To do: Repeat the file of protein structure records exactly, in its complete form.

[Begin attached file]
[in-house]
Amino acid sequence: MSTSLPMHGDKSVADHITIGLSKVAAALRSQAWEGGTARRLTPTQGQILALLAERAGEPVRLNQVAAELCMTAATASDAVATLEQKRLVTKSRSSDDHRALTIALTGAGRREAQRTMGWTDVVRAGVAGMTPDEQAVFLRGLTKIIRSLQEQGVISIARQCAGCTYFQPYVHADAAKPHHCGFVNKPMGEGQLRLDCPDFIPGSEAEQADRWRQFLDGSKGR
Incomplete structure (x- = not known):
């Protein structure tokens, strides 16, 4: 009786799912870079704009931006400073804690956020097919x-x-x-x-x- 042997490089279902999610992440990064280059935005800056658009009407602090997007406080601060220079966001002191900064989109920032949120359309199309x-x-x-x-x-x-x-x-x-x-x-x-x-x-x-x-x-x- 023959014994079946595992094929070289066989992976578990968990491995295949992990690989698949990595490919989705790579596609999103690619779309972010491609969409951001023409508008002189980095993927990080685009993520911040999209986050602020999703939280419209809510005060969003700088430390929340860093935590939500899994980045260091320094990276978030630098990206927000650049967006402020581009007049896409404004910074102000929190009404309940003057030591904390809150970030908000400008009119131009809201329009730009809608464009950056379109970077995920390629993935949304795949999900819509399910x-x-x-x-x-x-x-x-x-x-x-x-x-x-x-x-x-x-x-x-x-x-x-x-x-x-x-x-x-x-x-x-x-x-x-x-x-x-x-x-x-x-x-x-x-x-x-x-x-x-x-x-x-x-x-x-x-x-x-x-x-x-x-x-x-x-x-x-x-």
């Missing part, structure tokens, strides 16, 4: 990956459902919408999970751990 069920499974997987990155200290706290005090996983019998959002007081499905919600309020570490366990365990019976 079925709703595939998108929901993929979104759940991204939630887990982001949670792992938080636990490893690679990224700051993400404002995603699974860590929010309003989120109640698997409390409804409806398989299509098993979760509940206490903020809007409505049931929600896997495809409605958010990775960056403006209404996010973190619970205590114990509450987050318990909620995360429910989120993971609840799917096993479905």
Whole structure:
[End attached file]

[in-house]
Amino acid sequence: MSTSLPMHGDKSVADHITIGLSKVAAALRSQAWEGGTARRLTPTQGQILALLAERAGEPVRLNQVAAELCMTAATASDAVATLEQKRLVTKSRSSDDHRALTIALTGAGRREAQRTMGWTDVVRAGVAGMTPDEQAVFLRGLTKIIRSLQEQGVISIARQCAGCTYFQPYVHADAAKPHHCGFVNKPMGEGQLRLDCPDFIPGSEAEQADRWRQFLDGSKGR
Incomplete structure (x- = not known):
């Protein structure tokens, strides 16, 4: 009786799912870079704009931006400073804690956020097919x-x-x-x-x- 042997490089279902999610992440990064280059935005800056658009009407602090997007406080601060220079966001002191900064989109920032949120359309199309x-x-x-x-x-x-x-x-x-x-x-x-x-x-x-x-x-x- 023959014994079946595992094929070289066989992976578990968990491995295949992990690989698949990595490919989705790579596609999103690619779309972010491609969409951001023409508008002189980095993927990080685009993520911040999209986050602020999703939280419209809510005060969003700088430390929340860093935590939500899994980045260091320094990276978030630098990206927000650049967006402020581009007049896409404004910074102000929190009404309940003057030591904390809150970030908000400008009119131009809201329009730009809608464009950056379109970077995920390629993935949304795949999900819509399910x-x-x-x-x-x-x-x-x-x-x-x-x-x-x-x-x-x-x-x-x-x-x-x-x-x-x-x-x-x-x-x-x-x-x-x-x-x-x-x-x-x-x-x-x-x-x-x-x-x-x-x-x-x-x-x-x-x-x-x-x-x-x-x-x-x-x-x-x-």
């Missing part, structure tokens, strides 16, 4: 990956459902919408999970751990 069920499974997987990155200290706290005090996983019998959002007081499905919600309020570490366990365990019976 079925709703595939998108929901993929979104759940991204939630887990982001949670792992938080636990490893690679990224700051993400404002995603699974860590929010309003989120109640698997409390409804409806398989299509098993979760509940206490903020809007409505049931929600896997495809409605958010990775960056403006209404996010973190619970205590114990509450987050318990909620995360429910989120993971609840799917096993479905």
Whole structure: